If you want to write, you must make a commitment to yourself. Fashion up a contract or a manifesto like artist and writer Lenka Clayton did for her “Artist Residency in Motherhood.”
Decide that for the period of X months you will invest the 30 minutes to 1 hour per day to do this work. Emphasizing the word “investment” helps as it puts energy into the awareness that the time spent will pay off exponentially later on.
(Pro tip: it will pay off each day that you write as well).
A “set-it-and-forget-it” writing schedule is the most freeing thing you can do. Make an appointment with yourself in your calendar, and treat it like you’re off to see the dentist. Be punctual. Show up having flossed. Wear a clean shirt. Do this, and your writing will know to show up too.
3. Emotional Challenges and Trauma:
One of the reasons writing memoir is so challenging it is requires you to hazard your emotional interior and revisit past events of your life. Some of these memories may be joyful and fun to remember and recount; others may be painful or traumatic, making them hard to confront.
Even if you are aware you’re returning to your past life with the purpose of finding clarity, meaning, and healing, and you’re aware that the work you’re doing is important and necessary, your unconscious mind may toss out every reason in the world for you to avoid writing.
The good news in this roadblock is your kitchen sink will be sparkling and that back closet shelf will never be so tidy again.
The bad news is the more you hold yourself back from the writing, the more the roadblock detours you straight to a dead end, and your memoir doesn’t get written.
- Spend some time before you begin writing building up your courage by reading aphorisms and quotes from other memoirists you admire.
- Note your own “quotes” in a journal before beginning or any time you want to stop.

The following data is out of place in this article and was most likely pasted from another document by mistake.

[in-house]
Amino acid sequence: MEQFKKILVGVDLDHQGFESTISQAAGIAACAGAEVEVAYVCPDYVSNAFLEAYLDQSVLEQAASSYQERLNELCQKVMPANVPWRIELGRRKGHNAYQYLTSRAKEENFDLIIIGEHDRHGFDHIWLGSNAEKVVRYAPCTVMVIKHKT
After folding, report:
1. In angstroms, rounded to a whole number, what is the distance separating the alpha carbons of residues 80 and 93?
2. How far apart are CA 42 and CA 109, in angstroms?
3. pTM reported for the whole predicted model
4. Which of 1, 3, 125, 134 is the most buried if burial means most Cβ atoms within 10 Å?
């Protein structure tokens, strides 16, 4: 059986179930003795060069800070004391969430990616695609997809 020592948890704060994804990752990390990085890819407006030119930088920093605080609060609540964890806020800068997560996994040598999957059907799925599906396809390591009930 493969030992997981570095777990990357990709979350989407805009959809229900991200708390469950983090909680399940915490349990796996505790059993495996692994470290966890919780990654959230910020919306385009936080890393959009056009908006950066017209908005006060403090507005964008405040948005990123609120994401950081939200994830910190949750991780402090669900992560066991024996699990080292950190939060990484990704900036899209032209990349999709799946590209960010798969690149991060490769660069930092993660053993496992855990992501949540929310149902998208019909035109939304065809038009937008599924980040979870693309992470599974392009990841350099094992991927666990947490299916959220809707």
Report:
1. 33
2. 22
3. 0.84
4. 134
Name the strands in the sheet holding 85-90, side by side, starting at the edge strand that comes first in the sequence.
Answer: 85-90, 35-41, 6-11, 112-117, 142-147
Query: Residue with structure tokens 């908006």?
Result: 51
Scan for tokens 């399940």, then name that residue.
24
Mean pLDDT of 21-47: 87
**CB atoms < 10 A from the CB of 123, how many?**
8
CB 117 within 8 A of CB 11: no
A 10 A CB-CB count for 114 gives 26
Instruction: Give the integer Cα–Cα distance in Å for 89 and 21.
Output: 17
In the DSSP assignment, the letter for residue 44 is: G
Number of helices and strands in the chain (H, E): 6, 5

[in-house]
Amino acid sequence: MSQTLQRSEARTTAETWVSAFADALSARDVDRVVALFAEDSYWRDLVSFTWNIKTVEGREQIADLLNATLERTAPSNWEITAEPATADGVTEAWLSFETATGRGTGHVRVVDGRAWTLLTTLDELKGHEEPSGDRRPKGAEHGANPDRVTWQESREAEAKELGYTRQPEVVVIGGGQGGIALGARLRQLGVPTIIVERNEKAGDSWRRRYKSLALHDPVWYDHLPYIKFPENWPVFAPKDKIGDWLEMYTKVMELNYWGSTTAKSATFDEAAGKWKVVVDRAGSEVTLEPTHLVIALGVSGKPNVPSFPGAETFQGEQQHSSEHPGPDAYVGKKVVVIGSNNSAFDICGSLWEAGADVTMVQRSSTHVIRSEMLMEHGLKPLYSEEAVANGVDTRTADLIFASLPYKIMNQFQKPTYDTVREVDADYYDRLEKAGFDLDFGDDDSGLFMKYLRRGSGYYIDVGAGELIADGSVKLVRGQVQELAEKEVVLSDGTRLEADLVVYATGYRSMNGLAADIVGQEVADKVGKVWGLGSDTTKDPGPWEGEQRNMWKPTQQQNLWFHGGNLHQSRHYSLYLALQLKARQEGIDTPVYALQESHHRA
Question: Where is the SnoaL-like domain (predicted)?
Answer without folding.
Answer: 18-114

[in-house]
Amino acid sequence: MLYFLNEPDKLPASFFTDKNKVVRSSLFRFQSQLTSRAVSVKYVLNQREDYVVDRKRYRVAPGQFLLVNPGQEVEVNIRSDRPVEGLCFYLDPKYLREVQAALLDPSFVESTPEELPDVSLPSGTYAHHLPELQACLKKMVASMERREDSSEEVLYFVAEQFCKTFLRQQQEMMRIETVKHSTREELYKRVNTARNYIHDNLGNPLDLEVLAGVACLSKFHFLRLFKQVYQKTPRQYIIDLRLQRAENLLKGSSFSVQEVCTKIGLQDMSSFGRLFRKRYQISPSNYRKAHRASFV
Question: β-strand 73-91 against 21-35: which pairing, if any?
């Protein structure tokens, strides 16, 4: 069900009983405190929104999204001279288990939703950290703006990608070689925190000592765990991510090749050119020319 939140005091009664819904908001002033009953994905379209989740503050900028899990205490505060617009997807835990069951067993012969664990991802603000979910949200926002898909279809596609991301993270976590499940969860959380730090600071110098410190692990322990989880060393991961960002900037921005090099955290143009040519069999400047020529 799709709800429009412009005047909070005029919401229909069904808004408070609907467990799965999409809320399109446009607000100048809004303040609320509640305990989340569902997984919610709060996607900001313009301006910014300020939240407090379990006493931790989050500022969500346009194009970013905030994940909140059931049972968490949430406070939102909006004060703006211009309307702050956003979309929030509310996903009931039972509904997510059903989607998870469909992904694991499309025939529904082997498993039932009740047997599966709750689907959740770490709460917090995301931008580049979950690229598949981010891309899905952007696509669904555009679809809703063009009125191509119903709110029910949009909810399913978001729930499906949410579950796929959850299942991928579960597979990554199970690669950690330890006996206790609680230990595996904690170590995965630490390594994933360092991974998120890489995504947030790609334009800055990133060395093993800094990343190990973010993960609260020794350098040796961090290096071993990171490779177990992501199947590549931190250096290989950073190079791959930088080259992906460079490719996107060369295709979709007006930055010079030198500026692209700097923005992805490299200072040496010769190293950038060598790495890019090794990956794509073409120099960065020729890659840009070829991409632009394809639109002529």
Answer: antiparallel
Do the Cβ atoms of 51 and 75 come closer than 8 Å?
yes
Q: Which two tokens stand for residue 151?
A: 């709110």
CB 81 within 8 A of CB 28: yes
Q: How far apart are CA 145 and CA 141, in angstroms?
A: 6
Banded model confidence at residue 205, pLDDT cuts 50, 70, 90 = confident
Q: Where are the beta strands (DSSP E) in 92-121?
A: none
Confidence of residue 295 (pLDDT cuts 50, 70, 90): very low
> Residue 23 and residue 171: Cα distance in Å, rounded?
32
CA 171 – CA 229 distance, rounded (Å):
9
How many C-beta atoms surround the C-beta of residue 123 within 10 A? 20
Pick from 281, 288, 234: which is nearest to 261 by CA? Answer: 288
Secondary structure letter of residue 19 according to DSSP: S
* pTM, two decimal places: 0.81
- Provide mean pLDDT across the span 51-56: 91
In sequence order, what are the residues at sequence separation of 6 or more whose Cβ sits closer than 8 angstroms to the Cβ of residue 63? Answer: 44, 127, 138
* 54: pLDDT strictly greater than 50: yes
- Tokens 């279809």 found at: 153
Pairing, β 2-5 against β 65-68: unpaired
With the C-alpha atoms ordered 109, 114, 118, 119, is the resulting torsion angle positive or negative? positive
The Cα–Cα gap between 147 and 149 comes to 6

These few minutes of emotional preparatory work will set you up for a stronger emotional center and more successful writing overall.
4. Perfectionism and High Expectations:
It’s an interesting situation unique to writers that we often hold our first thoughts to the same high standard to which we would hold a published book.
It’s a funny phenomenon; you wouldn’t go to your child’s gymnastics meet and snark about the six year olds with the expectation that they’d be Olympic level (How embarrassing; little Chelsea totally didn’t stick that landing!), but we absolutely do this with our first drafts.
The irony is this: you want your first draft to be a mess, a true dog’s breakfast. It should be full of fragments, misspellings, and dangling ideas because if you’ve done your job, you’ve gotten into an unchecked flow, and that’s where the energy is.
Yet most people, upon seeing this train wreck of words, freak out that it’s not the crisp clean writing we know we’re capable of.
This “friction intersection” of what we want to see pouring out of us against what has actually poured out of us is where we lose many an excellent aspiring memoirist.